2. As usual, I love your design. Something so “simple” as using an asymmetrical rectangular block pushes this design and pushes quilters to think beyond the symmetrical square. And that’s on top of the ingenious fabric selection. Your quilts make me think, which is what drew me to this medium to begin with. Thank you for the reminder.

  3. I’ve been trying to use everything I have, instead of buying more, as money has been so tight. Since I dye my own fabrics, too, I overdye prints that I might not love and create new fabrics that are all my own.

  4. I have two “nemesis” (nemesi?) fabrics: shot cottons and batiks.

    I sometimes think that the problem with both is the “hand” of the fabric – the shot cottons are a looser weave and soft and stretchy), while the batiks are just the opposite – hard and crisp.

    Recently I’ve been trying to use up my stash of Fassett shot cottons and I realize that the problem is also the look – for whatever reason, nothing looks as nice with my shot cottons as other shot cottons. And the batiks never seem to look “right” with prints other than batiks.

    Designs that show all kinds of fabrics playing nice together is really what a lot of us need!

  5. Not an “answer” perse to your question because I on more than one occasion have forced the wrong fabric into a quilt. Like the time that I used all of the yellows from lime to orange/light to dark completely ignoring the fact that the block probably wanted “dark.”

    But your Small World quilt too me looks like a great pattern for a charm pack or for a bunch of novelties – with the stripes & border squares adding abit of “edge.”

    I want to finish the “this pile of fabric with make a nice quilt” piles…

  6. I have been trying to figure out how to incorporate civil war into modern quilting. When I was expecting our third child in 2000 a good friend who loved shabby chic took me to a quilt shop which loved civil war. I purchased quite a bit, and then it sat due to lack of confidence and then having our fourth child two years later. I love some of the colors like the blacks, burgandies and gold, now gotta figure out how to make it modern. And there’s little miscellaneous bits that I don’t love, but was given, and like an earlier commenter said, trying to economize and use what I have. Loving the Quilts Made Modern book that I got for Christmas. Looking forward to getting your Transparency book, as well The Modern Quilt Workshop. And I have been checking the postbox daily for my issue of American Patchwork and Quilting. Didn’t know y’all were in there until I read this post!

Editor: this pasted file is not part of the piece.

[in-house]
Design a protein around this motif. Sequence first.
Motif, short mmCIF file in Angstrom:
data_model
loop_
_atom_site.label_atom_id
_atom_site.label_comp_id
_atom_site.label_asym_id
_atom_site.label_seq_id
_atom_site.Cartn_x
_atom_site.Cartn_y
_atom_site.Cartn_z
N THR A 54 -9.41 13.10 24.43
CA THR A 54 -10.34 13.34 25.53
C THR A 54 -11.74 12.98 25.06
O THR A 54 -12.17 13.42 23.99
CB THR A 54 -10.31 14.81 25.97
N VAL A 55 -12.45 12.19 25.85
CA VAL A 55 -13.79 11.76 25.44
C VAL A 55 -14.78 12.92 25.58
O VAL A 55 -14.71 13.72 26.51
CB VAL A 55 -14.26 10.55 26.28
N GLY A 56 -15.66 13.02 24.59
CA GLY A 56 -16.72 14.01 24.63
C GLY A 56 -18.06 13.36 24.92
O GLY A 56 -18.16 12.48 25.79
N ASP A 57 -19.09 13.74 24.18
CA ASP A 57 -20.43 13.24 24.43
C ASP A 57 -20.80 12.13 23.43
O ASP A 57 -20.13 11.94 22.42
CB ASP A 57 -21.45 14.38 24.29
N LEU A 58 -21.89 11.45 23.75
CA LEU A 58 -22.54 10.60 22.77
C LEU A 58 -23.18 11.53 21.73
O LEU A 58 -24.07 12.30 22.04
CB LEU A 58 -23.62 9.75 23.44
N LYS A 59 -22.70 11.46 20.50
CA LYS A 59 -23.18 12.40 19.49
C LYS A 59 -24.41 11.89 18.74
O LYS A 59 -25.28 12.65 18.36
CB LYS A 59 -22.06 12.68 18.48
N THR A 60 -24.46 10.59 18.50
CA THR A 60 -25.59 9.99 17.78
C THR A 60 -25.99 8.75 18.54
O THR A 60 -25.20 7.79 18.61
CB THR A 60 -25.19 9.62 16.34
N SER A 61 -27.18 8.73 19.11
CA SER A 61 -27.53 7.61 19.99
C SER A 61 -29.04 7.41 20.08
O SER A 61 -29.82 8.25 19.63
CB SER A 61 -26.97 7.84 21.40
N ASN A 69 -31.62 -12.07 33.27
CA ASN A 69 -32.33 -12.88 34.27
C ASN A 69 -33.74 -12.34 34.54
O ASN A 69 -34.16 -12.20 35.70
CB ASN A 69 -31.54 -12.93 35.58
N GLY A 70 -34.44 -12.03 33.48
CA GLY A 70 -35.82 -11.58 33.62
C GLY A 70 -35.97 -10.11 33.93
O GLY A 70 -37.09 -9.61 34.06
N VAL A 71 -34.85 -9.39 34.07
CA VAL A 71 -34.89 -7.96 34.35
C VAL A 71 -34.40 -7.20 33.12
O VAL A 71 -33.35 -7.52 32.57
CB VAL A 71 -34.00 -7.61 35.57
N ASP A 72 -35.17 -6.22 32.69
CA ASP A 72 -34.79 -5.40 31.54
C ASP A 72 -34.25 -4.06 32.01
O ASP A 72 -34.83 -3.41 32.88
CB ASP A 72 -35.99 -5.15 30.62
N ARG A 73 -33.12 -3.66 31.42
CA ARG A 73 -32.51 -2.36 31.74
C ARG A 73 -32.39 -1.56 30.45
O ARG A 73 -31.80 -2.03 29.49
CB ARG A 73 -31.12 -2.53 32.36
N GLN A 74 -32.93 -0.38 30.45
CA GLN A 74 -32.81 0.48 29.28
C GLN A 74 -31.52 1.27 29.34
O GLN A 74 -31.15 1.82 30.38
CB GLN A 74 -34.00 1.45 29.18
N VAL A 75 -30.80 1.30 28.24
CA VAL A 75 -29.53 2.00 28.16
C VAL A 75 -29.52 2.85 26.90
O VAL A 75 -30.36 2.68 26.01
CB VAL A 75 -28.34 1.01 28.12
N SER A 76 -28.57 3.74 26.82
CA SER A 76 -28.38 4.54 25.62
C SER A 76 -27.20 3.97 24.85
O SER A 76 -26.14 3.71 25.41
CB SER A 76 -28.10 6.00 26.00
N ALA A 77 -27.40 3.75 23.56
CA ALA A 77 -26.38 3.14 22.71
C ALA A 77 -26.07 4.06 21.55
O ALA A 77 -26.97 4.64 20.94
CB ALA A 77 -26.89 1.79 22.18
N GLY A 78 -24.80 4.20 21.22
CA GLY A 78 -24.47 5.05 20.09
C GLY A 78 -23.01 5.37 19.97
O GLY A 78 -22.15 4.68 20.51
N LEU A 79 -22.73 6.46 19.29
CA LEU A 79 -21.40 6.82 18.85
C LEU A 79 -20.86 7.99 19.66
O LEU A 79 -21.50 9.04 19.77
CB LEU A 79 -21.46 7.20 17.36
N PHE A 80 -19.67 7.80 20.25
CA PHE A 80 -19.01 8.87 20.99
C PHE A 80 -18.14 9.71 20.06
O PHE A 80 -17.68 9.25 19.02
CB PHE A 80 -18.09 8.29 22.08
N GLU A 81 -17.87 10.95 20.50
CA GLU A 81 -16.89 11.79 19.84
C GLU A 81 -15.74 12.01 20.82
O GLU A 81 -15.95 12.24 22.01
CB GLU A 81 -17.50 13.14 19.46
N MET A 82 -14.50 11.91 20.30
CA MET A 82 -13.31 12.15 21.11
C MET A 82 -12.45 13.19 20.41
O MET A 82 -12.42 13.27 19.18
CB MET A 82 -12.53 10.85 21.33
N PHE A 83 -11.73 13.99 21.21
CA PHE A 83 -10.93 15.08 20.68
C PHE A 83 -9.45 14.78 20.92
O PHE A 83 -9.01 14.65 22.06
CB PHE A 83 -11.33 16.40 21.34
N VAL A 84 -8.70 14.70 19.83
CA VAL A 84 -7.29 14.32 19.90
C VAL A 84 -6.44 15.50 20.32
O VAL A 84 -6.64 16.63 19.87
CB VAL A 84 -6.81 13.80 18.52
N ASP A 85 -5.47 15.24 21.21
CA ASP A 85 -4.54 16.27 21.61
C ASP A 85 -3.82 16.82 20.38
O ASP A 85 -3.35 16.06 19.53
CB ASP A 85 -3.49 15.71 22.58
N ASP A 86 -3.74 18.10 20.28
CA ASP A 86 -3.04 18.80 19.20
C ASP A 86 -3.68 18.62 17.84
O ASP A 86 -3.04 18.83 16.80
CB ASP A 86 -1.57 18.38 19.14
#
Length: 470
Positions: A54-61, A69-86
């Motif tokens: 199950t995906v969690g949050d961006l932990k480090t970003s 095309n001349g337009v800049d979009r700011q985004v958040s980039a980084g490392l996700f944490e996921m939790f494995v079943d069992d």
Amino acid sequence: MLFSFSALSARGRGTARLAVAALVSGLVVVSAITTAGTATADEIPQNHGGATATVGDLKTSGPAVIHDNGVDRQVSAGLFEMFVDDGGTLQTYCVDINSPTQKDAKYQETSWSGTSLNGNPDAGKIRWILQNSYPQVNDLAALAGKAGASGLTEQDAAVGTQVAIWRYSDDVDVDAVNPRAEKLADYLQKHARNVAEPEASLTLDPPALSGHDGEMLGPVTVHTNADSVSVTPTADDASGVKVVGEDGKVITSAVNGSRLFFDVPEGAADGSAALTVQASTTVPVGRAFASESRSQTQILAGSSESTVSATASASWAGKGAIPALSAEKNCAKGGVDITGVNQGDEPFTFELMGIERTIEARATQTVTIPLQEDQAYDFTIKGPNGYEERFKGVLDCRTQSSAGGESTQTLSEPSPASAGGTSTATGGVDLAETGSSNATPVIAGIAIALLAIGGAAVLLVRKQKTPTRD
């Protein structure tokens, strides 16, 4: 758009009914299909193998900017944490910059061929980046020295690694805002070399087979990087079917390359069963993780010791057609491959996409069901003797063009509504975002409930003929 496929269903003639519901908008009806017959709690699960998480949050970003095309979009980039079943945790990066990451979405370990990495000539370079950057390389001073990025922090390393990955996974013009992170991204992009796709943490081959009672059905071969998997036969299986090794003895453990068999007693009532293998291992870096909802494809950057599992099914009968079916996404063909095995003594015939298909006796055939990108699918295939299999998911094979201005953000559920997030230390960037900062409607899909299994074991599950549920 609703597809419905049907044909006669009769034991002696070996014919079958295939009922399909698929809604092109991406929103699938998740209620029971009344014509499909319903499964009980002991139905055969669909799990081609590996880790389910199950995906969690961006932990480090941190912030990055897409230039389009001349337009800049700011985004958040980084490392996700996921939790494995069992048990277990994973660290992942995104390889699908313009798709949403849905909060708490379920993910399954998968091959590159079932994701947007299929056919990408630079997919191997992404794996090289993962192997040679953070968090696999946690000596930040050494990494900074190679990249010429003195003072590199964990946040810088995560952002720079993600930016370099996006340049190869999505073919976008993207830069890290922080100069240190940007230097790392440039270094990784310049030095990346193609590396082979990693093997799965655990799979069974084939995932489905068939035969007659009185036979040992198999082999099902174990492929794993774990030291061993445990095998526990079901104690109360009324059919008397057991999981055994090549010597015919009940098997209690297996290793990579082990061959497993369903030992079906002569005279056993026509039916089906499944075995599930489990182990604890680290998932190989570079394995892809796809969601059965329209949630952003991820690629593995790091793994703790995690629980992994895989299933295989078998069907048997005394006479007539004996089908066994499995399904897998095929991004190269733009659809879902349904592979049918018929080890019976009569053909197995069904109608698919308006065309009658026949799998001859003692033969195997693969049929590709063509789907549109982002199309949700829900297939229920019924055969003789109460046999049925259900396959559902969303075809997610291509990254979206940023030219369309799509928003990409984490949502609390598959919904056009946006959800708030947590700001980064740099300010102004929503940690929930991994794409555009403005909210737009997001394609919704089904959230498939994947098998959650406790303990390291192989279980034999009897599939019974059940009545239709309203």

Thank you for your delightful blog!

  7. Novelty prints kill me! I love them but I just have to stop buying them …. pprints on a white background are also the baine of my stash…
    my next project is going to be working with Navy… I love it… I keep buying the odd navy FQ its time to make something… I think with a whole slew of orange…


  8. I rarely, ummm, ok, never really sew from patterns, but I love your Fabric Fusion pattern so much that I got over my pattern aversion. I finished my quilt – baby sized because it’s going to a pregnant friend and I LOVE IT! (Note: I misassembled a few of my blocks, but left them that way anyway – just wanted to let you know that I noticed that.)
    Just wanted to say thank you for designing such a great pattern!
    Quilt for Peaches